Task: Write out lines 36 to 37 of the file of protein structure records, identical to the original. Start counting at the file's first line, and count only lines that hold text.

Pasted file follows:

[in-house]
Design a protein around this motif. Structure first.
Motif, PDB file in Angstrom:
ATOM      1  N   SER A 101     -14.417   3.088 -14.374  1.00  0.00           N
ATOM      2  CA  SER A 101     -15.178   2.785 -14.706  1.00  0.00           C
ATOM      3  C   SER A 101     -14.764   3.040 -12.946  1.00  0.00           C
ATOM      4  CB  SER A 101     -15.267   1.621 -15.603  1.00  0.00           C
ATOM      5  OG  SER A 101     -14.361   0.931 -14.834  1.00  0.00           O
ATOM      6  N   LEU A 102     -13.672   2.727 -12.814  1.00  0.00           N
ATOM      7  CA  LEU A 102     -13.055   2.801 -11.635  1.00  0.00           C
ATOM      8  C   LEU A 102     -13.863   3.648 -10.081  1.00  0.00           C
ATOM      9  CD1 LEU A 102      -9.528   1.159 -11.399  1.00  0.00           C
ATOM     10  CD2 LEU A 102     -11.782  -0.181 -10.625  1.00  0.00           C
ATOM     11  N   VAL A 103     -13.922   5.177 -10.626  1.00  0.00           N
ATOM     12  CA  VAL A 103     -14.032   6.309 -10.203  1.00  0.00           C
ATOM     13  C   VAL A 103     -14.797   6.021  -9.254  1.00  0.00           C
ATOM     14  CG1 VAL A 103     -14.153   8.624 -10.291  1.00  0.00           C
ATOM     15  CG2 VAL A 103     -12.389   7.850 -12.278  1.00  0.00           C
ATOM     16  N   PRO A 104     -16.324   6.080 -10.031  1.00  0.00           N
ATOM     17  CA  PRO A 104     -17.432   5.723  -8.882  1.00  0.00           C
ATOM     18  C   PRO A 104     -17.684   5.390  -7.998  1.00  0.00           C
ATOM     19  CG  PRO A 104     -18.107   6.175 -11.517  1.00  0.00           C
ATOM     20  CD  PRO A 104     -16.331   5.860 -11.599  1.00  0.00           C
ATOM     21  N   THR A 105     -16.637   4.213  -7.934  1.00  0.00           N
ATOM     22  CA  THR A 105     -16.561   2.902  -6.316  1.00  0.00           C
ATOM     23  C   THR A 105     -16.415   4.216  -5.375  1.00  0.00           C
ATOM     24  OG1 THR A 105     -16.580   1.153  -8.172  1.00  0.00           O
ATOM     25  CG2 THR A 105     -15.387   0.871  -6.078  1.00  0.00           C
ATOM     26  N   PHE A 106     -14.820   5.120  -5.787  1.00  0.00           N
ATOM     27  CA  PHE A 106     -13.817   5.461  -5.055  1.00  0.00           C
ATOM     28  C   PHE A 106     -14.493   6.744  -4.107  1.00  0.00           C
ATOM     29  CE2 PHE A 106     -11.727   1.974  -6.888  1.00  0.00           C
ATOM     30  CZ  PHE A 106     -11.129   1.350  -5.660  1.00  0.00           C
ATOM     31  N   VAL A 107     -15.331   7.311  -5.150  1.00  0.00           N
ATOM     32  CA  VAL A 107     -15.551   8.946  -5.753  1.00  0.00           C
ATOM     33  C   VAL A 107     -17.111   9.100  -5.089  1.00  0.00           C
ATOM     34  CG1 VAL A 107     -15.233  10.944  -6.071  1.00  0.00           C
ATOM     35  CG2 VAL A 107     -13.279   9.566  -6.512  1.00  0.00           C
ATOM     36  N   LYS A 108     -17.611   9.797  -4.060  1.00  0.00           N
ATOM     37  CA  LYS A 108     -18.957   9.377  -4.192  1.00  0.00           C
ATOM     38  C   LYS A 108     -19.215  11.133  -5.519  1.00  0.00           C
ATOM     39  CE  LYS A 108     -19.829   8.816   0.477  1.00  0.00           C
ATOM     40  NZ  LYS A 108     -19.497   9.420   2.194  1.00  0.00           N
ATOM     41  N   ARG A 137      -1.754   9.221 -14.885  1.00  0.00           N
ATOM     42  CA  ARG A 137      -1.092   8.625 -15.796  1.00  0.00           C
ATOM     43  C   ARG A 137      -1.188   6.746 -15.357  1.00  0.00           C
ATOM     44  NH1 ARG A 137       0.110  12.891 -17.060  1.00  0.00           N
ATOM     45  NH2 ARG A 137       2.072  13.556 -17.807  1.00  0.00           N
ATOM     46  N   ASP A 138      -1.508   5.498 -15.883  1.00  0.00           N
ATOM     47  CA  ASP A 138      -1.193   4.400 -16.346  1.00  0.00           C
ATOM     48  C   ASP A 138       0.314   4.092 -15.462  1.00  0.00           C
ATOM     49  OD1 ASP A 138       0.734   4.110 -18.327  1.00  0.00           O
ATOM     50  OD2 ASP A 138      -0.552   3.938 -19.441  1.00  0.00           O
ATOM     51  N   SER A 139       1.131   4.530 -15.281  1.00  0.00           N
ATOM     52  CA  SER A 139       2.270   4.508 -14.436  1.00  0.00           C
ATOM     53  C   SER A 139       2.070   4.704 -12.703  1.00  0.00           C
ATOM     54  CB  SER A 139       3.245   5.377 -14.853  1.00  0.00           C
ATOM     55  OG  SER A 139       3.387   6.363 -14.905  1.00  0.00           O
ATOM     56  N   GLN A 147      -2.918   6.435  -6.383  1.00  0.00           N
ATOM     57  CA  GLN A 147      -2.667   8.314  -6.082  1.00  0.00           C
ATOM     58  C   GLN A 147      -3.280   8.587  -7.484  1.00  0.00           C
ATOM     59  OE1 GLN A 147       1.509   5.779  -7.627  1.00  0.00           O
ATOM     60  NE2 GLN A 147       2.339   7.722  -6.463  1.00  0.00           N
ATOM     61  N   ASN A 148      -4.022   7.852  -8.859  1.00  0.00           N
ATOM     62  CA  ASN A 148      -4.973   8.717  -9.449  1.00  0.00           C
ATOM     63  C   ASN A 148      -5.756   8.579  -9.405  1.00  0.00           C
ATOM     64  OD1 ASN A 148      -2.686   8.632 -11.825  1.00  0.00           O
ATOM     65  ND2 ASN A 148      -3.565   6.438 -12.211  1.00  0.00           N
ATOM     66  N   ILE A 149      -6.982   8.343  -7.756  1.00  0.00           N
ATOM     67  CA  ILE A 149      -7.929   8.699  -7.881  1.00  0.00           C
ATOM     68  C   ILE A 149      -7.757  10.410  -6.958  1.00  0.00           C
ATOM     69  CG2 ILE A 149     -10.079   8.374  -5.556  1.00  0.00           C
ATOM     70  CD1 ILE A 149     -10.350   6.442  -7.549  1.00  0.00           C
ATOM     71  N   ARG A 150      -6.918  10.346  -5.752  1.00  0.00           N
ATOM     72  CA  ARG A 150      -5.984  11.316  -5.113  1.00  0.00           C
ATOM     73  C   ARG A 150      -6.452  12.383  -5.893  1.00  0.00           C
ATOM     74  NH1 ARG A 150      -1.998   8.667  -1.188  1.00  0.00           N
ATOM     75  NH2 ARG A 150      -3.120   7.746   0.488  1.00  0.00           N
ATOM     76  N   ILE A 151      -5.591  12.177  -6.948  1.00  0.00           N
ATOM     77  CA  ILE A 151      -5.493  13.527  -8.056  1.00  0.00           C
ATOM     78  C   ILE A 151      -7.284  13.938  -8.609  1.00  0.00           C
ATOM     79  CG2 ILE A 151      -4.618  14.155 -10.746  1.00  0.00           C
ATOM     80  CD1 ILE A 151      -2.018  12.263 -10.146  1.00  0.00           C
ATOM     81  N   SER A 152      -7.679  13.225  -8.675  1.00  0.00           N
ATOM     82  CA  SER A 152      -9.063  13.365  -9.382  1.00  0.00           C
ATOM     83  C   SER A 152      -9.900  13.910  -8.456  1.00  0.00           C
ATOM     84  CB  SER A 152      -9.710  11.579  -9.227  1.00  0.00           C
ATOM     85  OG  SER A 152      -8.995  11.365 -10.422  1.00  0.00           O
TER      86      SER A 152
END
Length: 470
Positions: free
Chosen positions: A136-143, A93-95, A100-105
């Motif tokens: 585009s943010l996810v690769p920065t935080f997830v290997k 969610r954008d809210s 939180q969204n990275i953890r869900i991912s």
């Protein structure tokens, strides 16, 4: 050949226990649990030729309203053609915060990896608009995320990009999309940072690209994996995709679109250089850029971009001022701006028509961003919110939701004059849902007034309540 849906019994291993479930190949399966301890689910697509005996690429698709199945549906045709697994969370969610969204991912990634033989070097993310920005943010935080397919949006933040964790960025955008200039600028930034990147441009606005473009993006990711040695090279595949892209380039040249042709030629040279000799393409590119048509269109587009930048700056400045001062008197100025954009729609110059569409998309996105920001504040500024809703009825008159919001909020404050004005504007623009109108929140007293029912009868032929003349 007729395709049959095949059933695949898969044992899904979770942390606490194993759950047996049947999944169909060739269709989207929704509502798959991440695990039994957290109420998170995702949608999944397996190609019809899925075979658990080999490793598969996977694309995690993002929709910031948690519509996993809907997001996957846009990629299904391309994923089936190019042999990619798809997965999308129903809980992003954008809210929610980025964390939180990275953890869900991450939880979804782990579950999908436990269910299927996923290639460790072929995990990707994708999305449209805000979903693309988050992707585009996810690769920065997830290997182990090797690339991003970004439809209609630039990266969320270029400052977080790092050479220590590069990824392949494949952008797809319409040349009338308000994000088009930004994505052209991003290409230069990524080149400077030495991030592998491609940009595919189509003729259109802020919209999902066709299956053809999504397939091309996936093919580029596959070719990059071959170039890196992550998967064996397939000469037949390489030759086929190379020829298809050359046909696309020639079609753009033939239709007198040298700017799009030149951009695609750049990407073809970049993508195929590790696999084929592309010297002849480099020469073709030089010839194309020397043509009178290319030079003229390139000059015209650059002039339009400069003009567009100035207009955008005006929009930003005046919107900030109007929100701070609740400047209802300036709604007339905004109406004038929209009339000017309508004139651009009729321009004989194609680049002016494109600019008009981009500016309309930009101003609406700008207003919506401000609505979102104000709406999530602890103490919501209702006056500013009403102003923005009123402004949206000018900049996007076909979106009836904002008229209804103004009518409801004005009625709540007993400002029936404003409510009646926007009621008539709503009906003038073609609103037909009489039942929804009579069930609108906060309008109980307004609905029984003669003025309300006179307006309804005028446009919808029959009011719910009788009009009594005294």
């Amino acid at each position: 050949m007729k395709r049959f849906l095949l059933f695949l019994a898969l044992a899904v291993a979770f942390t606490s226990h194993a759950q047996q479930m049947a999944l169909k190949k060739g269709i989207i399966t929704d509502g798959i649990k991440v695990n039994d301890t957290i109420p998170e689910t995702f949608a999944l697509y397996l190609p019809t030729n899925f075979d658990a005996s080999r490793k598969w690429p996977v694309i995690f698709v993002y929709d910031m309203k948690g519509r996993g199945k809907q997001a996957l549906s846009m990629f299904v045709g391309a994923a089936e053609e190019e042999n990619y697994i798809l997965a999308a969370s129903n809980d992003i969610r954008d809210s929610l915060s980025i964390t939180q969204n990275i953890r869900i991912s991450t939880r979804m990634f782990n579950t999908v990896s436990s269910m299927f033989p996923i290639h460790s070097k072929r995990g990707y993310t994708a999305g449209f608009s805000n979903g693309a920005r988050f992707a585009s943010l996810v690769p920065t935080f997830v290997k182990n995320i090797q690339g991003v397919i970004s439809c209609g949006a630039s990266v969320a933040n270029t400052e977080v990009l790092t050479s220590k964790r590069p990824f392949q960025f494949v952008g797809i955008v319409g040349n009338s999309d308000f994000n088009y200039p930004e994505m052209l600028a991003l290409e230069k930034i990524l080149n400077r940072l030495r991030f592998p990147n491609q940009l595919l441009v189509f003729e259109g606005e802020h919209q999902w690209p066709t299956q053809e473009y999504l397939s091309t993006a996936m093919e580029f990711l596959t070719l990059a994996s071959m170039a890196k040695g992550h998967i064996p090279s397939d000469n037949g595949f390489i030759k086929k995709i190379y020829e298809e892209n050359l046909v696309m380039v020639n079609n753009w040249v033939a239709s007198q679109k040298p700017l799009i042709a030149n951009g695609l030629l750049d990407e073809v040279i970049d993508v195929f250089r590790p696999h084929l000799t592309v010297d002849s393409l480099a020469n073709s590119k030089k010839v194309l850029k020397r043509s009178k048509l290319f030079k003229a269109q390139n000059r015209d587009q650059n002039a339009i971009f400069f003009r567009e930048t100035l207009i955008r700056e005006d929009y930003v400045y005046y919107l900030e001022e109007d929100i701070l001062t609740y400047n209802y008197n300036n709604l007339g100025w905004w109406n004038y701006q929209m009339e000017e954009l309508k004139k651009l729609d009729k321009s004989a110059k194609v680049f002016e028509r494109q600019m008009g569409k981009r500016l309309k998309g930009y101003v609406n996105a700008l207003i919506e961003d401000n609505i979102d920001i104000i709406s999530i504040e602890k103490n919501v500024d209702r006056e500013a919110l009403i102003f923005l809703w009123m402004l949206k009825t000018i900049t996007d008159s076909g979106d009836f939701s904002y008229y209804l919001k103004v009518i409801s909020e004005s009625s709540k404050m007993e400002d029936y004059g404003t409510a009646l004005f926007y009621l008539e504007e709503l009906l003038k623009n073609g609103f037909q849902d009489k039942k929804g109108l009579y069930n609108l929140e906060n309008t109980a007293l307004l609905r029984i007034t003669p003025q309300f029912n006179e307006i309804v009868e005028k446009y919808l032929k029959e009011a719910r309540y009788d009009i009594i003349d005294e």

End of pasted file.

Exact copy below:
ATOM     33  C   VAL A 107     -17.111   9.100  -5.089  1.00  0.00           C
ATOM     34  CG1 VAL A 107     -15.233  10.944  -6.071  1.00  0.00           C